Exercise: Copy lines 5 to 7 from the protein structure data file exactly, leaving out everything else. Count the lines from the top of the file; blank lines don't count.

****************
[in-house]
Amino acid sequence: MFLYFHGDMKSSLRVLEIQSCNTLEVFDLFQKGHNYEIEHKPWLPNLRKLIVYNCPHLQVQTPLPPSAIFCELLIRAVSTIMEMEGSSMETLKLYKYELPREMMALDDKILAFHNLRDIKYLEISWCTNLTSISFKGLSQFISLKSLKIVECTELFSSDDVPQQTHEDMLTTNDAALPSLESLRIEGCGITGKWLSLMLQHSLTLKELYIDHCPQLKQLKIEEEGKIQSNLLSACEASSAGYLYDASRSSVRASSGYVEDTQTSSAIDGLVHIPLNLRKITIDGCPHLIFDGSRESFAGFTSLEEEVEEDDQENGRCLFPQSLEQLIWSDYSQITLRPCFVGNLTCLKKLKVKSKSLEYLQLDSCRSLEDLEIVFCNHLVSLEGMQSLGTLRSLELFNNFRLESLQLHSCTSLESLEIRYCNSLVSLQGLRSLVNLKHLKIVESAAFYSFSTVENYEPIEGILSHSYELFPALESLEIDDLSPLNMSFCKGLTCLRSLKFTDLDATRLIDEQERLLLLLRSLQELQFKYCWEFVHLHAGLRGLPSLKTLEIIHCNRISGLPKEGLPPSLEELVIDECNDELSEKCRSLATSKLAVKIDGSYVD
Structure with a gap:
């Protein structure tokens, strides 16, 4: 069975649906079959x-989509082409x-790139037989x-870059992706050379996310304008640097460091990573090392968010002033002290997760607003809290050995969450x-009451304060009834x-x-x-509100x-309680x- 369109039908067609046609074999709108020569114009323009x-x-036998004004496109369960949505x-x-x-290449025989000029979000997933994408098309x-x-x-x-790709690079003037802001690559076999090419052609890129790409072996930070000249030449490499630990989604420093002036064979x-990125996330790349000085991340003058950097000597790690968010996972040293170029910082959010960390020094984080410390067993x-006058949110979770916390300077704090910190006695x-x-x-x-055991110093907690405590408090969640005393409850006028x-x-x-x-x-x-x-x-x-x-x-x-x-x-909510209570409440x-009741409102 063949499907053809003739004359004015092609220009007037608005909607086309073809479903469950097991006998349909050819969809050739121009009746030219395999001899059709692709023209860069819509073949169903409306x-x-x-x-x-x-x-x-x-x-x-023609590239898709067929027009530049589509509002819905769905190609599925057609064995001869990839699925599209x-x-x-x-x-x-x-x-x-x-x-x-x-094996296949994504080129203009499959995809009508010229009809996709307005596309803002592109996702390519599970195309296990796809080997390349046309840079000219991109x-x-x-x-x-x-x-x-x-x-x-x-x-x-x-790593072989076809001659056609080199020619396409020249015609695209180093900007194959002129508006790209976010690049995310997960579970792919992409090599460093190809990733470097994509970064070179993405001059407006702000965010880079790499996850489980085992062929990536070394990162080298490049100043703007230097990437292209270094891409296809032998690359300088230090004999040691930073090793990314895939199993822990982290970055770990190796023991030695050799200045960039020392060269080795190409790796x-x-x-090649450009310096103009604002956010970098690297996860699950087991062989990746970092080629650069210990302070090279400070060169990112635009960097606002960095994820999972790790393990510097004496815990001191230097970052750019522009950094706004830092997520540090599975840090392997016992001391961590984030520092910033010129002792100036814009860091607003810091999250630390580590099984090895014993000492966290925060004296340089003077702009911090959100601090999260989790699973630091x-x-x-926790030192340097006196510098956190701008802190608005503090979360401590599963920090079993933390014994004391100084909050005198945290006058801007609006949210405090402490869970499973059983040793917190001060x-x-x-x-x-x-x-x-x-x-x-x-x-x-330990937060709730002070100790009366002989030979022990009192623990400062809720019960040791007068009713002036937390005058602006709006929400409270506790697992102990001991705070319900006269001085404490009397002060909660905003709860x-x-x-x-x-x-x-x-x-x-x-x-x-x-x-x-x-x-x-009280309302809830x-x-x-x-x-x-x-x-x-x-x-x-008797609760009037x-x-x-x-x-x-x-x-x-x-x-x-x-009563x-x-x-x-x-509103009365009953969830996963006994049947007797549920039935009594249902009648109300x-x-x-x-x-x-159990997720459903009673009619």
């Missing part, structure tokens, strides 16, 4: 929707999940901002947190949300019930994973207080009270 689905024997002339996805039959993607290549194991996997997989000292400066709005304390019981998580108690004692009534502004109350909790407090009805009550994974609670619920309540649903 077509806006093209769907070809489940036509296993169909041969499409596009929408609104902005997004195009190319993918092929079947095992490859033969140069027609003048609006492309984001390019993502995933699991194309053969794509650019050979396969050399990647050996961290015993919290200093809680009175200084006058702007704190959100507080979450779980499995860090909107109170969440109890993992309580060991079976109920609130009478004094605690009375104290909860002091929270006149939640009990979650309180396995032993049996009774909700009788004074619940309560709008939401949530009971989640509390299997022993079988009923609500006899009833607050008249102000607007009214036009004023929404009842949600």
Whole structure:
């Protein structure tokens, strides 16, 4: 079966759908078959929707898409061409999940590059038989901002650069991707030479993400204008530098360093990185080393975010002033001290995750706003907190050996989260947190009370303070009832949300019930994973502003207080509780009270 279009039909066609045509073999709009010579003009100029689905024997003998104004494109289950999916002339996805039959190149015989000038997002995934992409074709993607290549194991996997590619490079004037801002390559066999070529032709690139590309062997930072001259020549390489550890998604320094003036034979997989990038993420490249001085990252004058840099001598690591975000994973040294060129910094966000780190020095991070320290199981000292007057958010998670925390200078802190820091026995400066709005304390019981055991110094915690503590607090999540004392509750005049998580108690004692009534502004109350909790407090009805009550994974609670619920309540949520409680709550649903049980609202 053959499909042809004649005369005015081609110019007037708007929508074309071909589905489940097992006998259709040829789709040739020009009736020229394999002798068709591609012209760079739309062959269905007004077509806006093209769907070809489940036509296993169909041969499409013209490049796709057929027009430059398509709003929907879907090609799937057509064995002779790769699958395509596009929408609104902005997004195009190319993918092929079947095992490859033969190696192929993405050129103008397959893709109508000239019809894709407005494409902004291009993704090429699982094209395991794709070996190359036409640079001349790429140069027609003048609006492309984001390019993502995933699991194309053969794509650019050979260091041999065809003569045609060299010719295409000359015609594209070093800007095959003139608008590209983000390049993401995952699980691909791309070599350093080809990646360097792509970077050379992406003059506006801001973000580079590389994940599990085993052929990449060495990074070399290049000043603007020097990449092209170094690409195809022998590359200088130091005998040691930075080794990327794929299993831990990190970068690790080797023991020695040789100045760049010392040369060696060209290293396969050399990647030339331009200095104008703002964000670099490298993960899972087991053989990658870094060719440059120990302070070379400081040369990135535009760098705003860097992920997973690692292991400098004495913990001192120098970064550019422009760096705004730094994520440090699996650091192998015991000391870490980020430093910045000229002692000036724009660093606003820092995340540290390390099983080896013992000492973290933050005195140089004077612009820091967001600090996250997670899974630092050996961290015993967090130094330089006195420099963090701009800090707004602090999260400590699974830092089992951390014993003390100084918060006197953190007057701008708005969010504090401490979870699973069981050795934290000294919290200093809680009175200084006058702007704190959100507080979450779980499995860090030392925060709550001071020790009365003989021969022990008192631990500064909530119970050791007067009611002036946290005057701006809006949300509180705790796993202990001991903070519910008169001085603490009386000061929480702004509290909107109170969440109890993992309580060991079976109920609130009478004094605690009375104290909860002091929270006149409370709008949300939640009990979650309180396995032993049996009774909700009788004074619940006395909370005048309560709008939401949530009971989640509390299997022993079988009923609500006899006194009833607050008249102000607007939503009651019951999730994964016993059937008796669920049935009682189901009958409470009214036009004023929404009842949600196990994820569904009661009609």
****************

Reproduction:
């Missing part, structure tokens, strides 16, 4: 929707999940901002947190949300019930994973207080009270 689905024997002339996805039959993607290549194991996997997989000292400066709005304390019981998580108690004692009534502004109350909790407090009805009550994974609670619920309540649903 077509806006093209769907070809489940036509296993169909041969499409596009929408609104902005997004195009190319993918092929079947095992490859033969140069027609003048609006492309984001390019993502995933699991194309053969794509650019050979396969050399990647050996961290015993919290200093809680009175200084006058702007704190959100507080979450779980499995860090909107109170969440109890993992309580060991079976109920609130009478004094605690009375104290909860002091929270006149939640009990979650309180396995032993049996009774909700009788004074619940309560709008939401949530009971989640509390299997022993079988009923609500006899009833607050008249102000607007009214036009004023929404009842949600």
Whole structure:
């Protein structure tokens, strides 16, 4: 079966759908078959929707898409061409999940590059038989901002650069991707030479993400204008530098360093990185080393975010002033001290995750706003907190050996989260947190009370303070009832949300019930994973502003207080509780009270 279009039909066609045509073999709009010579003009100029689905024997003998104004494109289950999916002339996805039959190149015989000038997002995934992409074709993607290549194991996997590619490079004037801002390559066999070529032709690139590309062997930072001259020549390489550890998604320094003036034979997989990038993420490249001085990252004058840099001598690591975000994973040294060129910094966000780190020095991070320290199981000292007057958010998670925390200078802190820091026995400066709005304390019981055991110094915690503590607090999540004392509750005049998580108690004692009534502004109350909790407090009805009550994974609670619920309540949520409680709550649903049980609202 053959499909042809004649005369005015081609110019007037708007929508074309071909589905489940097992006998259709040829789709040739020009009736020229394999002798068709591609012209760079739309062959269905007004077509806006093209769907070809489940036509296993169909041969499409013209490049796709057929027009430059398509709003929907879907090609799937057509064995002779790769699958395509596009929408609104902005997004195009190319993918092929079947095992490859033969190696192929993405050129103008397959893709109508000239019809894709407005494409902004291009993704090429699982094209395991794709070996190359036409640079001349790429140069027609003048609006492309984001390019993502995933699991194309053969794509650019050979260091041999065809003569045609060299010719295409000359015609594209070093800007095959003139608008590209983000390049993401995952699980691909791309070599350093080809990646360097792509970077050379992406003059506006801001973000580079590389994940599990085993052929990449060495990074070399290049000043603007020097990449092209170094690409195809022998590359200088130091005998040691930075080794990327794929299993831990990190970068690790080797023991020695040789100045760049010392040369060696060209290293396969050399990647030339331009200095104008703002964000670099490298993960899972087991053989990658870094060719440059120990302070070379400081040369990135535009760098705003860097992920997973690692292991400098004495913990001192120098970064550019422009760096705004730094994520440090699996650091192998015991000391870490980020430093910045000229002692000036724009660093606003820092995340540290390390099983080896013992000492973290933050005195140089004077612009820091967001600090996250997670899974630092050996961290015993967090130094330089006195420099963090701009800090707004602090999260400590699974830092089992951390014993003390100084918060006197953190007057701008708005969010504090401490979870699973069981050795934290000294919290200093809680009175200084006058702007704190959100507080979450779980499995860090030392925060709550001071020790009365003989021969022990008192631990500064909530119970050791007067009611002036946290005057701006809006949300509180705790796993202990001991903070519910008169001085603490009386000061929480702004509290909107109170969440109890993992309580060991079976109920609130009478004094605690009375104290909860002091929270006149409370709008949300939640009990979650309180396995032993049996009774909700009788004074619940006395909370005048309560709008939401949530009971989640509390299997022993079988009923609500006899006194009833607050008249102000607007939503009651019951999730994964016993059937008796669920049935009682189901009958409470009214036009004023929404009842949600196990994820569904009661009609």